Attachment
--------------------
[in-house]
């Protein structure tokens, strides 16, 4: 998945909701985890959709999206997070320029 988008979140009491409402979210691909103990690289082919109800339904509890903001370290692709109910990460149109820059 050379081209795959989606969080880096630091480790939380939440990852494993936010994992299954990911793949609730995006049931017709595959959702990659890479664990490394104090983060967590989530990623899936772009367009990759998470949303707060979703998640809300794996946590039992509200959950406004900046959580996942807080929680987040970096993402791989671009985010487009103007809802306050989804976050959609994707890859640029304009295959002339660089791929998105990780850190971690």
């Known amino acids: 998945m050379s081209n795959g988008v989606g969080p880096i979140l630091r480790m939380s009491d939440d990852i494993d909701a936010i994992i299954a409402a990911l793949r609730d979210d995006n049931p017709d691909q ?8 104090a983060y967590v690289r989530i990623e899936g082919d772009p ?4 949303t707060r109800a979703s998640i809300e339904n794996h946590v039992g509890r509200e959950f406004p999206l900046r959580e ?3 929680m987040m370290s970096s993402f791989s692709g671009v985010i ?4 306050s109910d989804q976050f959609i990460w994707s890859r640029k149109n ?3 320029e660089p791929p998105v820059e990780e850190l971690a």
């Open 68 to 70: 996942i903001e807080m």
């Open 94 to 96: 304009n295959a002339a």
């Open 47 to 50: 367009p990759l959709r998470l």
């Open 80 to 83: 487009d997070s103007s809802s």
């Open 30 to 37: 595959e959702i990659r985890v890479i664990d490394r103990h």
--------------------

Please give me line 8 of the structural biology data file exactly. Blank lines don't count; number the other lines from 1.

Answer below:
């Open 30 to 37: 595959e959702i990659r985890v890479i664990d490394r103990h």